The last time a Clinton and a Bush ran for president, the country was awash in crime and the two parties were competing to show who could be tougher on murderers, rapists, and drug dealers. Sentences were lengthened and new prisons sprouted up across the country. But more than two decades later, declared and presumed candidates for president are competing over how to reverse what they see as the policy excesses of the 1990s and the mass incarceration that has followed. Democrats and Republicans alike are putting forth ideas to reduce the prison population and rethink a system that has locked up a generation of young men, particularly African-Americans.1
Be ready to fact-check if the televised debates focus on crime. By now, we have heard time and time again about “the Texas Miracle,” touted as policies to increase treatment and rehabilitation in 2007 that led to savings of over a billion dollars in prison construction costs. Long story short, be very suspicious of someone who attributes the overall drop in crime and a lot of cost savings to a single legislative policy. Some would attribute the drop to tough-on-crime policies in the 1990s and others to treatment and rehabilitation options of the 2000s. I read one article arguing that it could very well be the aging of America and disappearance of lead paint in homes with small children. It seems plausible that a lot of factors played a role here, so one needs to be suspicious of a simplistic and convenient answer (and by convenient I mean the answer that just happens to save money). It is obviously great to have effective treatment and rehabilitation options when dealing with defendants in our courts, but the declining prison population doubtless has many other contributing factors. Has anyone noticed, for instance, that the Texas parole rate has gone from 22 to 38 percent in recent years?
Jaime Esparza wins national MADD award
Jaime Esparza, District Attorney in El Paso, Hudspeth, and Culberson Counties, was recently honored at Mothers Against Drunk Driving’s 35th Anniversary National Conference in Washington, D.C. Jaime was the recipient of the National President’s Award, a top honor from MADD. He was originally nominated by MADD’s West Texas chapter for his work with victims and the El Paso Police Department’s “Out For Blood” educational program, an eye-catching campaign that alerts folks that El Paso’s police department runs a 24/7 blood-draw program. In his remarks accepting the award, Jaime was quick to praise all of the prosecutors around Texas and the nation who are dedicated to reducing drunk driving and helping the victims of this crime restore their lives. Congratulations, Jaime, for this deserved recognition.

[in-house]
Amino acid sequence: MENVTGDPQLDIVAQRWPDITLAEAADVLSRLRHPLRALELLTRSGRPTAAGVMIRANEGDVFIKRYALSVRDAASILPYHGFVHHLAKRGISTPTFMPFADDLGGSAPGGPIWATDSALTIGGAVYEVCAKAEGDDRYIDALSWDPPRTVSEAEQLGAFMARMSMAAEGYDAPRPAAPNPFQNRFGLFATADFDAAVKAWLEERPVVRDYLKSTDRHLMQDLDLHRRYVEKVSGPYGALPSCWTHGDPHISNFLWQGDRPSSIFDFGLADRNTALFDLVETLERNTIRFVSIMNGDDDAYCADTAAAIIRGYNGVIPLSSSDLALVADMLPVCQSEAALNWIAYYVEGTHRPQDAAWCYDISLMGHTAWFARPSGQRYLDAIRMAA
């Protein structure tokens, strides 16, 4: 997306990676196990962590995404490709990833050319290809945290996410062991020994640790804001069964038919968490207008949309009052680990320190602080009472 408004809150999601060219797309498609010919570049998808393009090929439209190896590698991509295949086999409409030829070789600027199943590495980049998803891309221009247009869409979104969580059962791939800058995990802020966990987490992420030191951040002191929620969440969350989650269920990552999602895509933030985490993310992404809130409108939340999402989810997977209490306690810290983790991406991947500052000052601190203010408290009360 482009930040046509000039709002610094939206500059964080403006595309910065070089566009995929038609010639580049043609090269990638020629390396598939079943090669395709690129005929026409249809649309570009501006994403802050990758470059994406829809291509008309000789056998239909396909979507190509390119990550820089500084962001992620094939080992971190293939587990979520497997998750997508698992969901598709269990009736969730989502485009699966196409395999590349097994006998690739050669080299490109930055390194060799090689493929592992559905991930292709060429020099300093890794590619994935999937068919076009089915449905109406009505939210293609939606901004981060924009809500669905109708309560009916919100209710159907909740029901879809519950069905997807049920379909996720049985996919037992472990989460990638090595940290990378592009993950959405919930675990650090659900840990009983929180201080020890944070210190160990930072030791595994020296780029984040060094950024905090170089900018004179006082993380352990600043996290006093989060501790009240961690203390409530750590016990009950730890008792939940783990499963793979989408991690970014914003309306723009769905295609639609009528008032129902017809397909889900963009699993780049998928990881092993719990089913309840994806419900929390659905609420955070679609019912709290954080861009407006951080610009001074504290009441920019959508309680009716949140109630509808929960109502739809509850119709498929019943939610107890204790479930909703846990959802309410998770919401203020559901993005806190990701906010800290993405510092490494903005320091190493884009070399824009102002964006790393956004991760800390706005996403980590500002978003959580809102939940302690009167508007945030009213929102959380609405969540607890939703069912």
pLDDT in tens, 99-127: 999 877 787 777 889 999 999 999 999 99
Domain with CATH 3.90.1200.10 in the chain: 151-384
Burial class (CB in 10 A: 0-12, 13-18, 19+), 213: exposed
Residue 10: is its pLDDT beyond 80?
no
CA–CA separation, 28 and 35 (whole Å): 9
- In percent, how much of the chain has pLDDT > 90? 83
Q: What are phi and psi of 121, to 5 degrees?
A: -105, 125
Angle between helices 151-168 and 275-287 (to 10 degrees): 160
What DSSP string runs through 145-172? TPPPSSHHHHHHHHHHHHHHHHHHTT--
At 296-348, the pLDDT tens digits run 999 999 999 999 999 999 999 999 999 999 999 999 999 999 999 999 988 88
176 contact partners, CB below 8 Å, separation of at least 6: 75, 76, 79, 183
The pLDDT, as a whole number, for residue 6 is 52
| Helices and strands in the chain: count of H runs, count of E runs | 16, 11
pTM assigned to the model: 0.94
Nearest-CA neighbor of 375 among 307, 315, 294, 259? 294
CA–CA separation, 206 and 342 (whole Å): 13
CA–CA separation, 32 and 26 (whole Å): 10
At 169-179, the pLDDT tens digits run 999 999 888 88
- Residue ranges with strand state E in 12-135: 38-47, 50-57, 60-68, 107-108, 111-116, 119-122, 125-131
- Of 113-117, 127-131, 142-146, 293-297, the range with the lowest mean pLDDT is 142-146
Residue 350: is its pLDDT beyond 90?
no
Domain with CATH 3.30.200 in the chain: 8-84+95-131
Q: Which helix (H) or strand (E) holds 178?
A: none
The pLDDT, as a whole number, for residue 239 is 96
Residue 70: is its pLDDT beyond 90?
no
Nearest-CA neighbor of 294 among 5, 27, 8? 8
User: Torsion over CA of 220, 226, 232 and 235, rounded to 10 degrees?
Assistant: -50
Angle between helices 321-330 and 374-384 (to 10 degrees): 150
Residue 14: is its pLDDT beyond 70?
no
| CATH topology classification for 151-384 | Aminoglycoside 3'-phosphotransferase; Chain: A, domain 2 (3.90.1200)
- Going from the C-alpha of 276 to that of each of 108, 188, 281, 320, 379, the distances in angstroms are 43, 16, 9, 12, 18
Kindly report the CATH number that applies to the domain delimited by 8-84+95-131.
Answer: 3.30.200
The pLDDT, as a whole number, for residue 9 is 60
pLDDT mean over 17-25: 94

Welcome, Ashley Martin
When you call TDCAA for some research assistance, you will no doubt get to talk with our new Research Attorney, Ashley Martin. Ashley is a graduate of Texas A&M University, where she double-majored in history and political science. She got her law degree at the University of Texas. Ashley, having interned at both the Travis County District Attorney’s Office and the U.S. Attorney’s Office for the Northern District of Texas, has hit the ground running, and we are lucky to have her on the team. Welcome!
Every now and again you hear about a Texas prosecutor who has taken a non-law talent like writing, music, or acting to a new level. Recently, one assistant criminal district attorney not only got the attention of folks in the art world, but also dedicated her art to victims of crime.
This past April, Johna Stallings, a Victoria County prosecutor, opened an art show in a Victoria gallery, with proceeds going to the local child advocacy center, the Hope of South Texas, Inc. You can read about the showing here: www .victoriaadvocate.com/news/2015/apr/15/art-show-to-benefit-hope-of-south-texas-inc.
It is always great to see that dedicated prosecutors also have diverse interests and talents. And I hope the public appreciates someone like Johna, who can’t help but use her talent in art to find yet another way to help the children in her community. Well done!
David Escamilla honored
In April, the Austin Bar Foundation and Austin Bar Association held the 2105 Law Day Luncheon, at which it honored a number of Austin-area attorneys. Congratulations to David Escamilla, the County Attorney in Travis County, for being honored as this year’s recipient of the Regina Rogoff Award. David was singled out as a career public servant who has contributed greatly in developing a strong Family Violence Division that prioritizes protective orders and the criminal enforcement of domestic violence cases. A well-deserved recognition!
1 Baker, Peter, The New York Times, April 27, 2015, available at www.nytimes.com/2015/04/28/us/ politics/being-less-tough-on-crime-is-2016-consensus.html?_r=0 (payment or subscription required; last accessed June 8, 2015).